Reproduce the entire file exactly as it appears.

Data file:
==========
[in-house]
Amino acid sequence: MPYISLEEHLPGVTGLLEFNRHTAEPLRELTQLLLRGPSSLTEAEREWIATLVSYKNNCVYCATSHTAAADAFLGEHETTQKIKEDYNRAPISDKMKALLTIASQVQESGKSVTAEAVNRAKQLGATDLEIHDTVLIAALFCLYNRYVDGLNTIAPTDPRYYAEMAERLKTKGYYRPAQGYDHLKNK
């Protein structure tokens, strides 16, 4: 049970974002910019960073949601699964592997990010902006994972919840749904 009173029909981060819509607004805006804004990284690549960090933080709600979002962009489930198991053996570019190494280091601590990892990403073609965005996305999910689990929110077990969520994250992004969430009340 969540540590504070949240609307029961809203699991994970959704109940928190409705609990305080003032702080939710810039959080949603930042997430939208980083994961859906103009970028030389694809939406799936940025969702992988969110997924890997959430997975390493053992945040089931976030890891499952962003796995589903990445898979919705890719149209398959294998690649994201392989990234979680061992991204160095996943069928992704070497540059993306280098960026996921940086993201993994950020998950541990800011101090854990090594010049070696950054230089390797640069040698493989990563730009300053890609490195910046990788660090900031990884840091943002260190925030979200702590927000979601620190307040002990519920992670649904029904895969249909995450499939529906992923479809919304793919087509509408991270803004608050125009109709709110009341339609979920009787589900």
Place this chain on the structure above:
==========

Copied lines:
[in-house]
Amino acid sequence: MPYISLEEHLPGVTGLLEFNRHTAEPLRELTQLLLRGPSSLTEAEREWIATLVSYKNNCVYCATSHTAAADAFLGEHETTQKIKEDYNRAPISDKMKALLTIASQVQESGKSVTAEAVNRAKQLGATDLEIHDTVLIAALFCLYNRYVDGLNTIAPTDPRYYAEMAERLKTKGYYRPAQGYDHLKNK
């Protein structure tokens, strides 16, 4: 049970974002910019960073949601699964592997990010902006994972919840749904 009173029909981060819509607004805006804004990284690549960090933080709600979002962009489930198991053996570019190494280091601590990892990403073609965005996305999910689990929110077990969520994250992004969430009340 969540540590504070949240609307029961809203699991994970959704109940928190409705609990305080003032702080939710810039959080949603930042997430939208980083994961859906103009970028030389694809939406799936940025969702992988969110997924890997959430997975390493053992945040089931976030890891499952962003796995589903990445898979919705890719149209398959294998690649994201392989990234979680061992991204160095996943069928992704070497540059993306280098960026996921940086993201993994950020998950541990800011101090854990090594010049070696950054230089390797640069040698493989990563730009300053890609490195910046990788660090900031990884840091943002260190925030979200702590927000979601620190307040002990519920992670649904029904895969249909995450499939529906992923479809919304793919087509509408991270803004608050125009109709709110009341339609979920009787589900």
Place this chain on the structure above: